Ernie Althoff is a composer/performer/instrument builder/artist who has worked in Melbourne, Australia since the mid-1970s, when he bought his first vari-speed cassette recorder. During his years as one of the stalwarts of the Clifton Hill Community Music Centre (see NMA website below), he pioneered an array of techniques for this device in the field of low-budget live electro-acoustic performance (see NMA website).
His interests in chance-based compositional procedures were also kindled at this time, and when he built his first 'music machine' in 1980, many doors opened for him. Combining these machines with his collection of found objects, toys and home-built instruments, he performed many concerts over the following years titled either “Ernie builds a machine” or “Machines and me”, depending on their format. In 1986, the machines finally appeared alone as real sound installations. Since then, their design and construction, as well as their compositional strategies, have become more and more sophisticated. However, their aims of recognising the relevance of site specificity and utilising a (probably now) political use of the recycled, home-built or reappropriated as a low-budget ethic remain constant.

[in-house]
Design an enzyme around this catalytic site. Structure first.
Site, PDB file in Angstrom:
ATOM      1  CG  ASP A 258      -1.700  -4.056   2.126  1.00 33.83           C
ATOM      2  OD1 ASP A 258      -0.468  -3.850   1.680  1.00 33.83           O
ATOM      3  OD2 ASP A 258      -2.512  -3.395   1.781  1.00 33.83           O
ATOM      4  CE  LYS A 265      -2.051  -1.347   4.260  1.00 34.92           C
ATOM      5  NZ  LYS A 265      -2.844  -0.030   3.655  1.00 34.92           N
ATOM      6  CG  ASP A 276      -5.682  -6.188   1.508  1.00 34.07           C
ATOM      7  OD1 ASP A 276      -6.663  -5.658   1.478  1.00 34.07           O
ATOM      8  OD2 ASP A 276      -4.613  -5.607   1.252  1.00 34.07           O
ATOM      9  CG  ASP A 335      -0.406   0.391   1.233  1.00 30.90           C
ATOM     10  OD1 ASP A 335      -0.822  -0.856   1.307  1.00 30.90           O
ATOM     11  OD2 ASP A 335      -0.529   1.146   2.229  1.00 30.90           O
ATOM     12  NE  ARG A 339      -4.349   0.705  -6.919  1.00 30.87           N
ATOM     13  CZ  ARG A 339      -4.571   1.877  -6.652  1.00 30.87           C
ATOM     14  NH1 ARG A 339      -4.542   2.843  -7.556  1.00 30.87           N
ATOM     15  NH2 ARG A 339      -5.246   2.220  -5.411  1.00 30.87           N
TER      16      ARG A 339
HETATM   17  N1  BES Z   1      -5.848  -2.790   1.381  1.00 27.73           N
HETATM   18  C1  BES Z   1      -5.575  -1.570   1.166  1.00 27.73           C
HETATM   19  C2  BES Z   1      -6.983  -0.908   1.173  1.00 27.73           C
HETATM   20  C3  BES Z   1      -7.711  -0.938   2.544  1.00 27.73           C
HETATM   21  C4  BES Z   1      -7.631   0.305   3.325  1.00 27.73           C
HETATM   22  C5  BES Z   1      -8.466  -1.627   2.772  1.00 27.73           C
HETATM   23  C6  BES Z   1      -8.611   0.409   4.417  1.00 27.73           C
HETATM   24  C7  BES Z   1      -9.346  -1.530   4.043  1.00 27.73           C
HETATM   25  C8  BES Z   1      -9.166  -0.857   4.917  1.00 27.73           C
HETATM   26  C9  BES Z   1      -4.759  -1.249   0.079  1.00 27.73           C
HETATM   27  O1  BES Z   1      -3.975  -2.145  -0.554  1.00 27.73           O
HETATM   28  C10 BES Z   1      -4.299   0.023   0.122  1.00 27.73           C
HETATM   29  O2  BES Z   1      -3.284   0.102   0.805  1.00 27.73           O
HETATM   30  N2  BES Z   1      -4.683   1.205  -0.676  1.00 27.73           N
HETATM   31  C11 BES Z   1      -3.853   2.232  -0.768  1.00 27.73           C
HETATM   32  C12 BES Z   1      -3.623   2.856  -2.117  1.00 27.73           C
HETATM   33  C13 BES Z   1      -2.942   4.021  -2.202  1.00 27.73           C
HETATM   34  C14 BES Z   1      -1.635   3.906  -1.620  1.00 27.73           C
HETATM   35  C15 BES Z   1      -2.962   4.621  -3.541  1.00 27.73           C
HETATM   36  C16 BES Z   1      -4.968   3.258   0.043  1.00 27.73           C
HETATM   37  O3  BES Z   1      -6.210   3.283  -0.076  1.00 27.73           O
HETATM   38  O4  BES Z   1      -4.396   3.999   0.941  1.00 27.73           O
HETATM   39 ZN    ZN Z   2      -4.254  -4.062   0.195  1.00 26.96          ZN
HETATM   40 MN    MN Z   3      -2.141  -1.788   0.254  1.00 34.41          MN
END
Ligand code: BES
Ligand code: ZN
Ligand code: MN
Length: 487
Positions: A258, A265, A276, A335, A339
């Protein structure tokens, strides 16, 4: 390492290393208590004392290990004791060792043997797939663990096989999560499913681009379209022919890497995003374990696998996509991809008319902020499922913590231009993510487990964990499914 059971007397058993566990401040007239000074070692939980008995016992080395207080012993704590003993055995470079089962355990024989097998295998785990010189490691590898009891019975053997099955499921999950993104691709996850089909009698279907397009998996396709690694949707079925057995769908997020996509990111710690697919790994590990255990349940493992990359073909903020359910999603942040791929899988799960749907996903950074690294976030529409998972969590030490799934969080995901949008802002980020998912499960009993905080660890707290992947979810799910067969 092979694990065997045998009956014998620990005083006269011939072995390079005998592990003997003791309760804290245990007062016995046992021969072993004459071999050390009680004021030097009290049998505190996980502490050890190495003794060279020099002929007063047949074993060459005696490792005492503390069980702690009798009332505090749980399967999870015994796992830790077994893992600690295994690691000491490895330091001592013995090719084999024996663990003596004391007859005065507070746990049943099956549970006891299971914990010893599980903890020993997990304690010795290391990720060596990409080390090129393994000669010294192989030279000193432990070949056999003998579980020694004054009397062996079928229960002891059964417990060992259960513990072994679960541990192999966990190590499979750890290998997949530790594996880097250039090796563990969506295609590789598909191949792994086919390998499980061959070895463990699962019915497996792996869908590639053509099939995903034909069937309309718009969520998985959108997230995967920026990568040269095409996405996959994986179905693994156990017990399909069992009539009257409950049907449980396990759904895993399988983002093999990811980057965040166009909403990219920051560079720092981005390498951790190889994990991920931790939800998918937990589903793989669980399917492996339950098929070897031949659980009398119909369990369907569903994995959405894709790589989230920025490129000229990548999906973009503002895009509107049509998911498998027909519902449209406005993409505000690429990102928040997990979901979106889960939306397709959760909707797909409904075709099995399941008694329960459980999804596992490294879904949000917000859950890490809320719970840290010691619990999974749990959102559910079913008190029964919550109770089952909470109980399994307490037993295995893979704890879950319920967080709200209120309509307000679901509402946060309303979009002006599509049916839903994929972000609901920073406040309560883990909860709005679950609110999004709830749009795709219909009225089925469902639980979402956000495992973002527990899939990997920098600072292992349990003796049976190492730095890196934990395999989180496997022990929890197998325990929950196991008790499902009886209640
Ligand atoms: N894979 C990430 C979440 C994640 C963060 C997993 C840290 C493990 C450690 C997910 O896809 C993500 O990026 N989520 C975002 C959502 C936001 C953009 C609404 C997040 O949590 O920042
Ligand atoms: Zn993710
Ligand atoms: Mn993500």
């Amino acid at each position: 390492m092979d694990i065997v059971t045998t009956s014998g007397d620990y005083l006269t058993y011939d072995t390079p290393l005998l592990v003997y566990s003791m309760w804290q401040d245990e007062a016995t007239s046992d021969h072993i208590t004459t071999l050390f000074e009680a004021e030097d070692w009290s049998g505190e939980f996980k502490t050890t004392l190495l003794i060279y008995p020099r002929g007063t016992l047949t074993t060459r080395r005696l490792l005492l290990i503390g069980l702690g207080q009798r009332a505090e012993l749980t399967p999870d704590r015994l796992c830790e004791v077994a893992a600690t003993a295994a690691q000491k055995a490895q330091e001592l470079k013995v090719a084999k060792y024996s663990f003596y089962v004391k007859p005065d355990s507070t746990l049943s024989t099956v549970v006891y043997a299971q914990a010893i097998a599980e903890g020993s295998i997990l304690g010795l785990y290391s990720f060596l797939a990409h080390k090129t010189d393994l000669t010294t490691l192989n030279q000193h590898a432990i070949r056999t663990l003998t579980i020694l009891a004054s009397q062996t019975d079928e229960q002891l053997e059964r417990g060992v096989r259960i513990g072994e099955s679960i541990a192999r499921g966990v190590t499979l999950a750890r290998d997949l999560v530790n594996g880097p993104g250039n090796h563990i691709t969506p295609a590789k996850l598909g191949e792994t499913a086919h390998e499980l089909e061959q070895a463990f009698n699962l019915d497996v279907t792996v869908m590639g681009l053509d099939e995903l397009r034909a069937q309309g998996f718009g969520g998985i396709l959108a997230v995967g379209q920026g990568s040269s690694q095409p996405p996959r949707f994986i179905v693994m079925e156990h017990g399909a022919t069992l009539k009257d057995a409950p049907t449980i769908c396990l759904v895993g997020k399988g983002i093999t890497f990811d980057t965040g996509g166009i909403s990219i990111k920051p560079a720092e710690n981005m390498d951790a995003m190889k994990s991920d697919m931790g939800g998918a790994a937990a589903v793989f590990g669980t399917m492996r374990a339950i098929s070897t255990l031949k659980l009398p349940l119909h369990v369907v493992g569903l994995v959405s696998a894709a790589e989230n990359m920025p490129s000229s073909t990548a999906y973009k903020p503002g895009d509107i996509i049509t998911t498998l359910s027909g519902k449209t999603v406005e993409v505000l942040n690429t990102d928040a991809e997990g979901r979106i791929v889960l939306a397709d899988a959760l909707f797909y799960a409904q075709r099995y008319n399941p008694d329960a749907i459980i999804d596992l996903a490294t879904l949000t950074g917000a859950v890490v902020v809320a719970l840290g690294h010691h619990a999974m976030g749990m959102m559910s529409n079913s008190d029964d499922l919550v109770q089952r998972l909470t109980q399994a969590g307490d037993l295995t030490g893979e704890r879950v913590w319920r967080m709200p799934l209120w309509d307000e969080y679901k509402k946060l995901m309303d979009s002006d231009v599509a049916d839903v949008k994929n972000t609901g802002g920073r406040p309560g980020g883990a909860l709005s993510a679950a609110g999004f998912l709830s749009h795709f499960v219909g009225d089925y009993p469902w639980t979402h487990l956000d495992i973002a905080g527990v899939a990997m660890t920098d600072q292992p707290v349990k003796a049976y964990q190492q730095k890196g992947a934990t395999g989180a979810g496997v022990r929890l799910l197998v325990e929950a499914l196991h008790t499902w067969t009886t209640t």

As well as this, he is still an avid performer (either solo or in ensembles of two or more) with the likes of Robbie Avenaim and Eamon Sprod (Tarab), and has also lectured, held workshops and written extensively on the subject. He has shown works in several major Australian cities and has sent work overseas to galleries, festivals and radio networks. “Dark by 6” is his third solo CD, following years of cassette releases. Several compilation CDs, both Australian and U.S., include his work. He has received commissions for compositions and installations, held artist-in-residence positions, participated in many festivals and conferences with both his installations and performances and has had several projects funded by the Australia Council.
“Our culture, until relatively recently, has forgotten how to explore other musical landscapes. In Althoff's case, his machines are like surveying instruments which aid him in mapping out a section of this little-known land for himself. His wanderings are part of our own attempts to find a more resonant cultural centre through our art…” Larry Wendt, San Jose. 1994